Allison pays emotional tribute to ‘warmhearted’ Mercedes
April 28, 2020
Mercedes technical director James Allison described his experience of joining the German outfit in 2017 as one that helped him feel a sense of normalcy in a life turned upside down by the loss of his wife the year before.
Allison was at the head of Ferrari’s engineering department in 2016 when his wife Rebecca unexpectedly died of meningitis in April.
The tragedy compelled Allison to spend more time in the UK with his three children, the British engineer eventually departing the Scuderia over the summer.
Allison returned to F1 at the start of 2017, accepting Mercedes’ offer to replace the departing Paddy Lowe as the Brackley’s squad’s technical director.
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Getting back to work was a positive remedy for Allison who found at Mercedes the “warmhearted” environment he so desperately needed to resume his professional career.
“I was something of a wreck at the time,” he remembered, speaking in an interview on the team’s YouTube channel.
“I am still grieving today four years on, but then I was crying in the car on my way into work and crying on my way home.
“I hoped that I would be useful at work and find my feet again to be able to carve out some sort of world for myself after Becca dying, but it was more of a hope than a certainty.
“One of the things I feel particularly grateful to Mercedes for is that in a part of my life when everything was turned on its head and where nothing felt normal, the most familiar part of it was my work because there the rhythm of the racing season, the pressure to get a car out, the pressure to develop it, the thrill of winning, the challenges the season throws your way, all those things felt familiar and they were about the only parts of my life that did.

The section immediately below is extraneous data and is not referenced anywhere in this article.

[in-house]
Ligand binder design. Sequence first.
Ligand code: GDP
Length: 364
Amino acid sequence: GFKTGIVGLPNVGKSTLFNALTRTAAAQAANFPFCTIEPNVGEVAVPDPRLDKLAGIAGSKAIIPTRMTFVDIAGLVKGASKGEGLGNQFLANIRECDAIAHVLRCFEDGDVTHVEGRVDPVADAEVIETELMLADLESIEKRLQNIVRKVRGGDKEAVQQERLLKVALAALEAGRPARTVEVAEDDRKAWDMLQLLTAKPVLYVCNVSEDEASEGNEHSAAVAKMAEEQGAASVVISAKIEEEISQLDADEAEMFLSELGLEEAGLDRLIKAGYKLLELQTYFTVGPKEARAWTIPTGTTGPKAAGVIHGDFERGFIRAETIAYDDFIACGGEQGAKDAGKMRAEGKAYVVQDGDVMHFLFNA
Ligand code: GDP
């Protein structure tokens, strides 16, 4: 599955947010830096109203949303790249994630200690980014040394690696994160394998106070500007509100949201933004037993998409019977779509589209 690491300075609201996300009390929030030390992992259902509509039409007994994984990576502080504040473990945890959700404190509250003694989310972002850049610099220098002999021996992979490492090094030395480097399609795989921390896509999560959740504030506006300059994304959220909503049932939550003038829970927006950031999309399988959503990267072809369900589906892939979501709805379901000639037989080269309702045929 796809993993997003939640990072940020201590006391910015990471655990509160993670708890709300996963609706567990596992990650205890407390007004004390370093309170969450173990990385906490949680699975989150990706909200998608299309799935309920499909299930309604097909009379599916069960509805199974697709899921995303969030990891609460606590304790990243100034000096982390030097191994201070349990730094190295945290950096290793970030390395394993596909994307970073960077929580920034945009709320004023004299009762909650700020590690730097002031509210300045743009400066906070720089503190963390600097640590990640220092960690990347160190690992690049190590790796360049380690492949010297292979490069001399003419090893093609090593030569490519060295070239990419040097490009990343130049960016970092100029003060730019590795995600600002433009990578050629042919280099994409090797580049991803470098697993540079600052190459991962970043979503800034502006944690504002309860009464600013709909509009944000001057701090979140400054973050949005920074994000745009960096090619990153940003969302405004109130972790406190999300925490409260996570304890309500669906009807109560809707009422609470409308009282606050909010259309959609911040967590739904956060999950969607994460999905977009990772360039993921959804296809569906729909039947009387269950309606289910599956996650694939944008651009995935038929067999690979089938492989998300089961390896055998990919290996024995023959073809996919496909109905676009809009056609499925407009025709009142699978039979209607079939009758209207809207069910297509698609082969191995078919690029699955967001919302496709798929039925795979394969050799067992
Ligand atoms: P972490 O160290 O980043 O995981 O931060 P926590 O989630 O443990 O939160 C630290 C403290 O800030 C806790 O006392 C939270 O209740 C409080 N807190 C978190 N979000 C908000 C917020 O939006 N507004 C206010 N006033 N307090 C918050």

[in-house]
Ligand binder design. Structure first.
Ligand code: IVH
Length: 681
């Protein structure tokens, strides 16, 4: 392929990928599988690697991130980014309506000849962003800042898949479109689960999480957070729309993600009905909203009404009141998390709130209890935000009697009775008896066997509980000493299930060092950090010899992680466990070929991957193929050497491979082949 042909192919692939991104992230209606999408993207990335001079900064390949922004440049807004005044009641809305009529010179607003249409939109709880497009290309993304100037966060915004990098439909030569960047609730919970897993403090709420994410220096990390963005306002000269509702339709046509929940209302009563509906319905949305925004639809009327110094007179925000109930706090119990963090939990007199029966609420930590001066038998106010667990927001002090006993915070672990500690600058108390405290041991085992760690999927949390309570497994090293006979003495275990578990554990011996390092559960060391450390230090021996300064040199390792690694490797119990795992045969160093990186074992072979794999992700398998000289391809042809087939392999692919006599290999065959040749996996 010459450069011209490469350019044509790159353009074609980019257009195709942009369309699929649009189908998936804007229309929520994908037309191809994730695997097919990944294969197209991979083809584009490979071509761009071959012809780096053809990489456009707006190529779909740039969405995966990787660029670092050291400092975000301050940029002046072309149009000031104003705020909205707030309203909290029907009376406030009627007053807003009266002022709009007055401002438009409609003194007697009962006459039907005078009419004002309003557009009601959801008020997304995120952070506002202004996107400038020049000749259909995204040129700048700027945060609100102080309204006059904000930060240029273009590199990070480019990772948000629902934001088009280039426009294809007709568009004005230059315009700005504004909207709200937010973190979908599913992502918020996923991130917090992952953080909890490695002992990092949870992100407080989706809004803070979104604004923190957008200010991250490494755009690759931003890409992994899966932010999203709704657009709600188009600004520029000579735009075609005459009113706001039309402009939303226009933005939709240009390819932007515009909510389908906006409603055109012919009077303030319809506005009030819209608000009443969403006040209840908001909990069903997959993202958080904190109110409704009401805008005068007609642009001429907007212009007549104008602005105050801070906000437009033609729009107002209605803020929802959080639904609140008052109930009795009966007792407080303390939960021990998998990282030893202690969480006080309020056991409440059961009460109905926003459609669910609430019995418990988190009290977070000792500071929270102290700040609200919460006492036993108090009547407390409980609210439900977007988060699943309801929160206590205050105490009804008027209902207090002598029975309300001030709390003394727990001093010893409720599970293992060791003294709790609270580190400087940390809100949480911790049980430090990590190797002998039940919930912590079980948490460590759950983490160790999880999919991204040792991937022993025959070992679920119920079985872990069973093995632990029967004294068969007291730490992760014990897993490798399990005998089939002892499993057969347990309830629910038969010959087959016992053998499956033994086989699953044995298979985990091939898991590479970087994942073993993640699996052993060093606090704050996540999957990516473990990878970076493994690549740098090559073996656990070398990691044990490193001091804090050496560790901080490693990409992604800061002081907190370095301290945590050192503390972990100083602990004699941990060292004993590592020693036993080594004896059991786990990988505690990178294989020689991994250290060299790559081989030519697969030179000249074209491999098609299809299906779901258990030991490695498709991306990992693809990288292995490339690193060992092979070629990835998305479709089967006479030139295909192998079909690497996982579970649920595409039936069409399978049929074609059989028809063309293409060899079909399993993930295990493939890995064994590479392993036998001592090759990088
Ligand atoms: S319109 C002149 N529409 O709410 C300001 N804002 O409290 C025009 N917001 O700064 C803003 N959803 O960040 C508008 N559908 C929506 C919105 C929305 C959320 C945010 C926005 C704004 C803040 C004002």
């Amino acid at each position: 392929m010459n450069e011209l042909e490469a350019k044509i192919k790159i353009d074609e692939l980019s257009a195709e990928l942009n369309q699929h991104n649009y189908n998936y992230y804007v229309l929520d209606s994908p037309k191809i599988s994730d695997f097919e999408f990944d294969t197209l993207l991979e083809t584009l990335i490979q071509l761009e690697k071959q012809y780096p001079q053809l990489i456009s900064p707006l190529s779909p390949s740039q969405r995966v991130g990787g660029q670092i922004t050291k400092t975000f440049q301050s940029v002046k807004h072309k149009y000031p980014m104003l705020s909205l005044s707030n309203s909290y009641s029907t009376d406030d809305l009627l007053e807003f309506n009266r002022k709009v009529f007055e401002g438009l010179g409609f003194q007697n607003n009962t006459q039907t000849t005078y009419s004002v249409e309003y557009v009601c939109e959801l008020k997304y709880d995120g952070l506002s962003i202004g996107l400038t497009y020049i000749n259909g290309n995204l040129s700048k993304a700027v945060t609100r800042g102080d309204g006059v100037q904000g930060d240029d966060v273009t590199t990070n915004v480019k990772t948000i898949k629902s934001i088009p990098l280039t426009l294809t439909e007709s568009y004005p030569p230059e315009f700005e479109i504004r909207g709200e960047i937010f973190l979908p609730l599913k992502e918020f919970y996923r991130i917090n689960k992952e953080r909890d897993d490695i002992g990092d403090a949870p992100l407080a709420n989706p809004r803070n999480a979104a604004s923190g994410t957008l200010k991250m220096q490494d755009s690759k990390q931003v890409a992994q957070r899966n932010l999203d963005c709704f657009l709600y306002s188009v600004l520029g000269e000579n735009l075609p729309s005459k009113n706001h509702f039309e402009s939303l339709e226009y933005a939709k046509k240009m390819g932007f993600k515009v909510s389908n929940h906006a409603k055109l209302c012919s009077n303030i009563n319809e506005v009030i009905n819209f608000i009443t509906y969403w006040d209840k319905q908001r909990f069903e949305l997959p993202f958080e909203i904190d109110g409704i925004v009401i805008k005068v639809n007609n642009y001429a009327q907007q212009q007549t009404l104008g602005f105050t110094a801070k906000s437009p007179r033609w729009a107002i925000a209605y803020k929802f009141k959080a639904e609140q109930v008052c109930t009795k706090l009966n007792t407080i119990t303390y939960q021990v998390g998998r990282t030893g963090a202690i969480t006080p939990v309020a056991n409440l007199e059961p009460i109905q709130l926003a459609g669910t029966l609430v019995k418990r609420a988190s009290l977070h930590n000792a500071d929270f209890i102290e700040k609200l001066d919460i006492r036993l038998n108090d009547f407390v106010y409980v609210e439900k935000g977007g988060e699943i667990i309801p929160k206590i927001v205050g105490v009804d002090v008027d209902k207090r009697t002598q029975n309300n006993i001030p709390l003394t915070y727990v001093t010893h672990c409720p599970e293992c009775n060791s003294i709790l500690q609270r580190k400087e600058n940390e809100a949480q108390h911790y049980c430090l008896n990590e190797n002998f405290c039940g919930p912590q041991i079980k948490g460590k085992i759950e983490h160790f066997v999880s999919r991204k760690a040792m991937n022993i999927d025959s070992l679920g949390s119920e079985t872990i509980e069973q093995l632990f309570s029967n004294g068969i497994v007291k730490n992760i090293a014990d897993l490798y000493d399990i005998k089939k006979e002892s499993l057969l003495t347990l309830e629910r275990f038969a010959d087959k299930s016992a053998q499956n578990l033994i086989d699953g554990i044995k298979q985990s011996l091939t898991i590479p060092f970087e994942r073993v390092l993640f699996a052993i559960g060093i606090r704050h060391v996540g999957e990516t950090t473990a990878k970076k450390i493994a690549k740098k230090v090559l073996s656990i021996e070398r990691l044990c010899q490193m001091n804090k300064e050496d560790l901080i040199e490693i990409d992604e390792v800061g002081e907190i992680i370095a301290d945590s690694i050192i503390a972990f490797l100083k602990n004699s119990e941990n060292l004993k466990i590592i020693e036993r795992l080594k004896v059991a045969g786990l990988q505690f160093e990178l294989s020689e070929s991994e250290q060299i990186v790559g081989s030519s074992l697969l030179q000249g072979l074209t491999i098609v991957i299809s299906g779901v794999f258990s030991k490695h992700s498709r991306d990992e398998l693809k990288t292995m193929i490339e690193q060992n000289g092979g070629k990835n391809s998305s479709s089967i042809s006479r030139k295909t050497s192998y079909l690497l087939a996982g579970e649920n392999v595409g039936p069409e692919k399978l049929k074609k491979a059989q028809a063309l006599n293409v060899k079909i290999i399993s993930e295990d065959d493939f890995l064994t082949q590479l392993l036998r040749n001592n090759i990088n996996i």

“I was very, very fortunate to be granted a place in a team that is extraordinarily warm hearted and with a group of people who didn’t need me but nevertheless opened their arms to me.
“They made me feel welcome by providing me with a space to work and created an environment for me where I could be useful and where I could breath and recover while having the most enviable and brilliant job in the whole pitlane.”
As he recalled his debut at Mercedes, Allison admitted feeling “intimidated” at first by the prospect of working for the Silver Arrows team, a sentiment that sat alongside his personal troubles.
“It was intimidating and I think anxious is the wrong word but I certainly knew that I needed to be performing well in order to have an impact on the place,” Allison said.
“It was anxiety-making or intimidating in a couple of ways.
“The first is it was a team that had already dominated the sport for three years running and it was a team full of engineers of the highest calibre.”
Allison’s indisputable level of expertise certainly added value to Mercedes, although the always modest Briton didn’t see it that way.
“It was a very settled team with professionals in every level of the team who absolutely knew their job. Arguably they didn’t need me!
“They would have gone on to great things without my arrival at all and I was conscious that when I walked through the door for the first time that I was walking into a team that I hoped I could play a part in, but that team would definitely be blisteringly strong whether or not I showed up.”
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